Yaya Touré’s warns of Russian World Cup boycott
Midfielder’s Ivory Coast team-mate Seydou Doumba says compatriot’s claims of racism clearly exaggerated
Aleksei Berezutski (left) of PFC CSKA Moscow in action against Yaya Toure of Manchester City during the UEFA Champions League Group D match at the Arena Khimki Stadium. Photograph: Epsilon/Getty Images.
Yaya Touré has warned Russia that players will boycott the 2018 World Cup finals if the country fails to adopt stringent measures to stamp out racism. Speaking after he alleged he was racially abused by a section of CSKA Moscow supporters during Wednesday night’s Champions League game at the Khimki Arena, the Manchester City midfielder urged the country to take responsibility and deal with behaviour that he described as “unbelievable”.
The Ivorian’s comments increase the pressure on Fifa, as well as Uefa, to bring Russia into line and impose tougher sanctions on clubs that fail to combat racism. Touré claimed that he was racially abused “a few times” by “groups” of supporters, rather than a handful of individuals.
Uefa, after going through the report submitted by the referee, Ovidiu Hategan of Romania, and the match delegate, has confirmed that disciplinary proceedings have been opened against CSKA “for racist behaviour of their fans”, as well as for setting off fireworks, during City’s 2-1 win in the Russian capital.
CSKA, however, have risked inflaming an emotive issue and seriously damaging relations between the two clubs by expressing their disappointment at the allegations made by Touré and City officials and categorically denying that any racist abuse took place. The Russian club released an extraordinary statement in which Seydou Doumbia, CSKA’s Ivorian striker, accused Touré, an international team-mate, of “clearly exaggerating”.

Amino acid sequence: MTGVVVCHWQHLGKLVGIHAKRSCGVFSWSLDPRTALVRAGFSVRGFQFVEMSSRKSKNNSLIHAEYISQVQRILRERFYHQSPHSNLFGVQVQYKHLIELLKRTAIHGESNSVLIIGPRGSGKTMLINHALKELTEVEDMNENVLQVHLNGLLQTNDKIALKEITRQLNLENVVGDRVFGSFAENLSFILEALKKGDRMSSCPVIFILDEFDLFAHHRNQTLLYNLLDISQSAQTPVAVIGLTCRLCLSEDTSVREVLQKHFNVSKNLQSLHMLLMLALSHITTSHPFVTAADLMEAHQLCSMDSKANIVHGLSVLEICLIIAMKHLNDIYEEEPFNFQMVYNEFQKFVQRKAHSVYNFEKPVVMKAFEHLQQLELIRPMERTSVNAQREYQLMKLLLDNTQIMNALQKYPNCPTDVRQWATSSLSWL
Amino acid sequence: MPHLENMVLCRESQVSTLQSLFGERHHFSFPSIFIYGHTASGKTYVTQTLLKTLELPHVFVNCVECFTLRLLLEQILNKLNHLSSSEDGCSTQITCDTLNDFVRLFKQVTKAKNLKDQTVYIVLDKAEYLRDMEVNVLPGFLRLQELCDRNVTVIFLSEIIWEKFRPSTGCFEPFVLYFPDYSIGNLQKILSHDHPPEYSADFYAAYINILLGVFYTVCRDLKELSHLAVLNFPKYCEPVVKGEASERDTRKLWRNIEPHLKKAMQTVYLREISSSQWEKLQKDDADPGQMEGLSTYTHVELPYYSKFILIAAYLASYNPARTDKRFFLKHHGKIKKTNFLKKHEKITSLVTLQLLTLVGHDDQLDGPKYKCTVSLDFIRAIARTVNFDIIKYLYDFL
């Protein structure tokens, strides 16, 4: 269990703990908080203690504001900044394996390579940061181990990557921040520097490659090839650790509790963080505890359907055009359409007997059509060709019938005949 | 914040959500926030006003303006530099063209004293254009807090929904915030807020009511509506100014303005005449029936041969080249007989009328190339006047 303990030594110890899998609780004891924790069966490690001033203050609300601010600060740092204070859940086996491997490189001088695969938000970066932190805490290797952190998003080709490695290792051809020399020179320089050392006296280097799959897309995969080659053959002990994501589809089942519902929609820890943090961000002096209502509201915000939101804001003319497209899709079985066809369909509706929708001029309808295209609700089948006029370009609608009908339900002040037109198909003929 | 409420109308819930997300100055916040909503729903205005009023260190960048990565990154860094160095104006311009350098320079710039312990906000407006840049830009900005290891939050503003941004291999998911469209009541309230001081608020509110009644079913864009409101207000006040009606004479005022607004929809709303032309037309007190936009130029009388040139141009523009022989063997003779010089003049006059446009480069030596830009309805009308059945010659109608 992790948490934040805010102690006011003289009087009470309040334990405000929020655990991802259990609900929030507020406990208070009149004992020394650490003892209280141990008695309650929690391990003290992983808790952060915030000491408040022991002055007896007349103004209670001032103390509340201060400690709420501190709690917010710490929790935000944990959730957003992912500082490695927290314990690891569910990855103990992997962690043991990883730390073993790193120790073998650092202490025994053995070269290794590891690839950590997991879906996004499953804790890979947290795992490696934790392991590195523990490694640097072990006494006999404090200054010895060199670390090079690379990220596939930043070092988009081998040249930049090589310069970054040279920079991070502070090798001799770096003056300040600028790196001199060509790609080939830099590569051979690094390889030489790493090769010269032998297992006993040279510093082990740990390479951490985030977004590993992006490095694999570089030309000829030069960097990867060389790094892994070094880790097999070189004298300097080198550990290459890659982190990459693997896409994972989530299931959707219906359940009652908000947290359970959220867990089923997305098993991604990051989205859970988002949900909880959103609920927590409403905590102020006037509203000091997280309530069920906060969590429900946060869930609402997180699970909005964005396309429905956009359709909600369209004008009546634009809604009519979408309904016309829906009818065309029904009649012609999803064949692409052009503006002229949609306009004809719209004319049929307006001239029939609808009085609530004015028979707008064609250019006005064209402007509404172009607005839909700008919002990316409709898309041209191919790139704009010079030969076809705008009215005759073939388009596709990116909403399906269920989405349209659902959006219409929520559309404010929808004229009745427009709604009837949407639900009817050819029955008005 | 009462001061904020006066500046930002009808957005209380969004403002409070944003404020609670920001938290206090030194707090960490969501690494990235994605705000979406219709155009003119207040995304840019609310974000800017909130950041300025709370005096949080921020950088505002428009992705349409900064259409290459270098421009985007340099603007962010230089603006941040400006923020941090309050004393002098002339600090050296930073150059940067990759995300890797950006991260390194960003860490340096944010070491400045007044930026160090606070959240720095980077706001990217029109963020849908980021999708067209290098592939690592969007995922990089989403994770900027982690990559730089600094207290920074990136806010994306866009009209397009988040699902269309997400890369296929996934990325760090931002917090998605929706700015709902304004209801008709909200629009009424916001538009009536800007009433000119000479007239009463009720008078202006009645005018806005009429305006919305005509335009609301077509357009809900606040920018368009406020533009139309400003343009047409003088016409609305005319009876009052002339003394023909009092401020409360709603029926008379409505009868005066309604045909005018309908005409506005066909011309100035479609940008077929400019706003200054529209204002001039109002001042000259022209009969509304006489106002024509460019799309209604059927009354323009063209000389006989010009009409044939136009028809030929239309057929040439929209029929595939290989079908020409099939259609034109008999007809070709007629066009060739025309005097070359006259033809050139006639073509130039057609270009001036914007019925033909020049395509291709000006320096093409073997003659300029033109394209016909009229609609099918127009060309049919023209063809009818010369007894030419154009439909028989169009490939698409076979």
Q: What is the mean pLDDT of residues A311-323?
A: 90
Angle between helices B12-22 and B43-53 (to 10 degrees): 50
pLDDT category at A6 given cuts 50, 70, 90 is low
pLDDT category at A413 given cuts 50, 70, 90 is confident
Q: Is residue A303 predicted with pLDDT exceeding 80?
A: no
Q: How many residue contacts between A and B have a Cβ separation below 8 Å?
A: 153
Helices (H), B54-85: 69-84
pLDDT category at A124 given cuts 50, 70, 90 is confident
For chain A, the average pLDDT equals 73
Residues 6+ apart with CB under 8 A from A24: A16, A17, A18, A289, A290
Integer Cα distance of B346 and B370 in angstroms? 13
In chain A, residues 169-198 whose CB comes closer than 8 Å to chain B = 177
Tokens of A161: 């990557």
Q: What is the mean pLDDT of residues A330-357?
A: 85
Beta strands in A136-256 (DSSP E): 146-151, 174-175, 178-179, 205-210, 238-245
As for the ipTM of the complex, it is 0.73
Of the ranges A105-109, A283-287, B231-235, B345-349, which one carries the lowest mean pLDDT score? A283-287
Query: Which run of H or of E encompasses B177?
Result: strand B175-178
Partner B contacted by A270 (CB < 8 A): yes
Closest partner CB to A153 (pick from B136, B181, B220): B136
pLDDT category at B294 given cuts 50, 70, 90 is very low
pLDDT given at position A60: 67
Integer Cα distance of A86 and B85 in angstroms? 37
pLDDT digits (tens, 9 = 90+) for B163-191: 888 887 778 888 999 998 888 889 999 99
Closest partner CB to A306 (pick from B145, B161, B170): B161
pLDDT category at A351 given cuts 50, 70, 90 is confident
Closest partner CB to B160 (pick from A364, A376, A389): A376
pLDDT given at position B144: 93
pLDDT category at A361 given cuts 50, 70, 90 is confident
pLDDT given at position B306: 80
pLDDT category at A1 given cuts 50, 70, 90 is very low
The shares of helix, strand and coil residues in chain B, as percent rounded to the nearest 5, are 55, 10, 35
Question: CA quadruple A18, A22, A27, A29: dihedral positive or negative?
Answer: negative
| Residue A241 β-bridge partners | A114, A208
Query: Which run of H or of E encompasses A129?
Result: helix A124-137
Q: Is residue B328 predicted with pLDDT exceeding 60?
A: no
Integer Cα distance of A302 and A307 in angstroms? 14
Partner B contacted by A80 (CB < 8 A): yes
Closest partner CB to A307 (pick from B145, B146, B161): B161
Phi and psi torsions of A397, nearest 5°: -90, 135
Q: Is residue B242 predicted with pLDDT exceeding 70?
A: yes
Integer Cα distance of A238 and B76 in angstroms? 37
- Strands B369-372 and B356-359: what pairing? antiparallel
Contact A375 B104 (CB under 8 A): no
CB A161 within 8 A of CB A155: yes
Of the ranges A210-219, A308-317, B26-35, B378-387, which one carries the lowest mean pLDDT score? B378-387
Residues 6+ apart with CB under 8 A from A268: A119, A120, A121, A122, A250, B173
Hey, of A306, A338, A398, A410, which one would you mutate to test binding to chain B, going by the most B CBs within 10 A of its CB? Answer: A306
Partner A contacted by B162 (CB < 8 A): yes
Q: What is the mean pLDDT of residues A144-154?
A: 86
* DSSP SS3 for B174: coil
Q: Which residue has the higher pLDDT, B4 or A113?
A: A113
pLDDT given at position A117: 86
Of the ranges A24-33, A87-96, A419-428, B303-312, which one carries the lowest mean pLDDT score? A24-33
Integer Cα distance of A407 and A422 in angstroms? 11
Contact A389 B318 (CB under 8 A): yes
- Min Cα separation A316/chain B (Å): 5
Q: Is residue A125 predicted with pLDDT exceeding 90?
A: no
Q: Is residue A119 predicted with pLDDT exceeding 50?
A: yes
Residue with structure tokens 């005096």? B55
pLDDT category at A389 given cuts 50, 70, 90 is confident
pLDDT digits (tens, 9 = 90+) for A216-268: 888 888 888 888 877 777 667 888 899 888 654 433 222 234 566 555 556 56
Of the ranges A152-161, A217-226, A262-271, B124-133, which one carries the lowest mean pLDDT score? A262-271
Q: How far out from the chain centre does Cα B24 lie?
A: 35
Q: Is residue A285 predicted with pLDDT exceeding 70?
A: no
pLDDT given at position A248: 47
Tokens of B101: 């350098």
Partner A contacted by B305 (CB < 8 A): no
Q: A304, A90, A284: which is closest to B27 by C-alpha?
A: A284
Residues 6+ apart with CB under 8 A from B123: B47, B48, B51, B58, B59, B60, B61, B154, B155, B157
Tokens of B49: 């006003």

Touré said he was “furious” after the match and it is a measure of how strongly the former Barcelona midfielder feels about the issue of racism in Russian football that he went as far as to suggest that players would refuse to take part in the World Cup finals in five years’ time, unless the country cleans up its act.
Asked whether Russia needs to address the problem of racism before they host the World Cup, Touré replied: “Of course they do. It’s very important. Otherwise if we are not confident coming to the World Cup in Russia, we don’t come.” Fifa and Uefa declined to comment on Touré’s remarks.
CSKA, though, have denied wrongdoing. Their statement said: “Having carefully studied the video of the game, we found no racist insults from fans of CSKA. In many occasions, especially during attacks on our goal, fans booed and whistled to put pressure on rival players, but regardless of their race.
“In particular, this happened with Álvaro Negredo and Edin Dzeko. Why the Ivorian midfielder took it as all being directed at him is not clear.”
Doumbia was quoted as saying: “I didn’t hear anything like that (racist abuse)from the CSKA fans. Yes, they’re always noisy in supporting the team, and try to put as much pressure as possible on our opponents, but they wouldn’t ever allow themselves to come out with racist chants. So my Ivory Coast colleague is clearly exaggerating.”
CSKA’s response has gone down particularly badly at City, who have no shortage of witnesses from outside as well as inside the club willing to back up Touré’s allegations. Touré, who was City’s captain in Moscow in the absence of the injured Vincent Kompany, made it clear that it was not a one-off incident on Wednesday night. “It was a few times, when I went into the goal area. I tried to score a goal and missed it, but some fans reacted,” the 30-year-old said. “I know we have the fight against racism, but we are not kids and we have to stop it now. have to react. I want to stop this. It is always the same. I am unhappy because the reaction of the fans was unbelievable.